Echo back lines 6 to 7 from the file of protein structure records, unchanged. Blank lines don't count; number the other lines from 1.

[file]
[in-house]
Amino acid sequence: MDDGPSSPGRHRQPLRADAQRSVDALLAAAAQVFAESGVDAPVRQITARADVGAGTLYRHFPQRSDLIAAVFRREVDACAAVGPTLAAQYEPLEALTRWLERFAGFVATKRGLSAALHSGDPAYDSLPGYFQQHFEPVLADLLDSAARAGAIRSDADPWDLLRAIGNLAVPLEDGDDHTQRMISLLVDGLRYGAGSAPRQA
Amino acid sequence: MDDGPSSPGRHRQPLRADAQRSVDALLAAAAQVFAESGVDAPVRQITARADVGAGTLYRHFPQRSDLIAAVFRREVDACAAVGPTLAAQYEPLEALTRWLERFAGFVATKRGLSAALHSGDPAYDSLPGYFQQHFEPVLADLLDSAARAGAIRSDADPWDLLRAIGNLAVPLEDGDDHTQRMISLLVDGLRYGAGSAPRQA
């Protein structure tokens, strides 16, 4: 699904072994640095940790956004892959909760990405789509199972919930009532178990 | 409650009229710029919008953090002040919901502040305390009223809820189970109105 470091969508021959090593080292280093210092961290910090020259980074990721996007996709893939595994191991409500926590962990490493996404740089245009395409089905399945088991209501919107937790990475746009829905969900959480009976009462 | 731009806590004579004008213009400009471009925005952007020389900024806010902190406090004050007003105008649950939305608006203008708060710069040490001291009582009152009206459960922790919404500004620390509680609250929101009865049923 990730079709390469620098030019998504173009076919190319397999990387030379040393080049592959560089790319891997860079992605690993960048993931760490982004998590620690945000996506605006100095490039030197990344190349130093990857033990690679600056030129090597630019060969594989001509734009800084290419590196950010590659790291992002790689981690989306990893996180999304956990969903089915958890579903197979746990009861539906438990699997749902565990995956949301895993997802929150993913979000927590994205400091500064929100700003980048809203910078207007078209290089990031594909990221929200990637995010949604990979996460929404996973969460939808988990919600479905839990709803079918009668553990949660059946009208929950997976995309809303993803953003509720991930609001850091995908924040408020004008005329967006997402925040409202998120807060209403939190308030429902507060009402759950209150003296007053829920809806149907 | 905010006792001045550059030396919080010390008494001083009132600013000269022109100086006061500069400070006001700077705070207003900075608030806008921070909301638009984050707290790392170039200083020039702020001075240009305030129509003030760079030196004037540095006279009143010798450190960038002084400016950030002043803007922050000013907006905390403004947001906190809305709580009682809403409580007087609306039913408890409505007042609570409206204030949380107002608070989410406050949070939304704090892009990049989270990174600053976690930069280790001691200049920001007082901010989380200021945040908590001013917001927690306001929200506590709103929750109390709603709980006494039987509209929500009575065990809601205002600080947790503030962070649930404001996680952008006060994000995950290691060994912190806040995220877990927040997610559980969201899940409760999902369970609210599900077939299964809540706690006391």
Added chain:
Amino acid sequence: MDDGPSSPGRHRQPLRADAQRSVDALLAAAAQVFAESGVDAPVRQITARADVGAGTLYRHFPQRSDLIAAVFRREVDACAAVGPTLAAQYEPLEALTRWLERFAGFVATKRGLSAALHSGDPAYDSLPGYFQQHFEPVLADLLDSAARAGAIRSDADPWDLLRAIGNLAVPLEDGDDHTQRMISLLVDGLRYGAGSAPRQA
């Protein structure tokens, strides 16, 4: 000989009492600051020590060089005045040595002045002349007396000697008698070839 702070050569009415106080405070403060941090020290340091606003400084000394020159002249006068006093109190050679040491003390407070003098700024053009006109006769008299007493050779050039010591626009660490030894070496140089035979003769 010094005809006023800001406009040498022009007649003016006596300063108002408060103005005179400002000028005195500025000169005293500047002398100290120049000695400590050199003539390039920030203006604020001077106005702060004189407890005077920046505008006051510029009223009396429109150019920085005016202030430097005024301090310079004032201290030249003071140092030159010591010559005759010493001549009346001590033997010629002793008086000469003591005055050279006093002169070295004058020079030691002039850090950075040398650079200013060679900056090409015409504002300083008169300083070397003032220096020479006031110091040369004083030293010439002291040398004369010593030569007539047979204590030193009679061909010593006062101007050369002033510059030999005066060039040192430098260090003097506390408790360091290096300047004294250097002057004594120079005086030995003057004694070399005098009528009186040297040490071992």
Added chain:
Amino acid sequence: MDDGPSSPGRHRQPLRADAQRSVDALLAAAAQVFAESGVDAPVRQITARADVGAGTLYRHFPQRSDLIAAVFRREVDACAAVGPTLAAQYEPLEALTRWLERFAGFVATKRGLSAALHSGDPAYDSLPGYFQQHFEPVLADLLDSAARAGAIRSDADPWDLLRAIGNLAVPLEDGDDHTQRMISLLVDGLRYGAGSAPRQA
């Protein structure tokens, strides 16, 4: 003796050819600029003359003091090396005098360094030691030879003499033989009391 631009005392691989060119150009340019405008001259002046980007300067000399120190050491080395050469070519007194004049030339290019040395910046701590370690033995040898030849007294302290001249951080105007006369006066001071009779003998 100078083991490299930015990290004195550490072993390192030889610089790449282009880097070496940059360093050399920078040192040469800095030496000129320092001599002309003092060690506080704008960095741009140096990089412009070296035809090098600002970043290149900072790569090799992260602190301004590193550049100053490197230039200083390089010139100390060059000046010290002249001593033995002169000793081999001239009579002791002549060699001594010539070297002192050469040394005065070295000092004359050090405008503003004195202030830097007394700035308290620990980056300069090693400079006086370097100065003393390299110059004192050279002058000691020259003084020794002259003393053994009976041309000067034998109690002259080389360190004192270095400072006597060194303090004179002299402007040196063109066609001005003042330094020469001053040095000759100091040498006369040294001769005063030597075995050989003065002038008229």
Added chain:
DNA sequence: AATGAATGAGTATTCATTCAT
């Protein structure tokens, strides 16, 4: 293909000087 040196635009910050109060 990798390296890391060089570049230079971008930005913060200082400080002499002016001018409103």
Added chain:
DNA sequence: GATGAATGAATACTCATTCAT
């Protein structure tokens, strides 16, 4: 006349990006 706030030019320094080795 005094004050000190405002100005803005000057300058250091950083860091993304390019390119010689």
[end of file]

Amino acid sequence: MDDGPSSPGRHRQPLRADAQRSVDALLAAAAQVFAESGVDAPVRQITARADVGAGTLYRHFPQRSDLIAAVFRREVDACAAVGPTLAAQYEPLEALTRWLERFAGFVATKRGLSAALHSGDPAYDSLPGYFQQHFEPVLADLLDSAARAGAIRSDADPWDLLRAIGNLAVPLEDGDDHTQRMISLLVDGLRYGAGSAPRQA
């Protein structure tokens, strides 16, 4: 000989009492600051020590060089005045040595002045002349007396000697008698070839 702070050569009415106080405070403060941090020290340091606003400084000394020159002249006068006093109190050679040491003390407070003098700024053009006109006769008299007493050779050039010591626009660490030894070496140089035979003769 010094005809006023800001406009040498022009007649003016006596300063108002408060103005005179400002000028005195500025000169005293500047002398100290120049000695400590050199003539390039920030203006604020001077106005702060004189407890005077920046505008006051510029009223009396429109150019920085005016202030430097005024301090310079004032201290030249003071140092030159010591010559005759010493001549009346001590033997010629002793008086000469003591005055050279006093002169070295004058020079030691002039850090950075040398650079200013060679900056090409015409504002300083008169300083070397003032220096020479006031110091040369004083030293010439002291040398004369010593030569007539047979204590030193009679061909010593006062101007050369002033510059030999005066060039040192430098260090003097506390408790360091290096300047004294250097002057004594120079005086030995003057004694070399005098009528009186040297040490071992």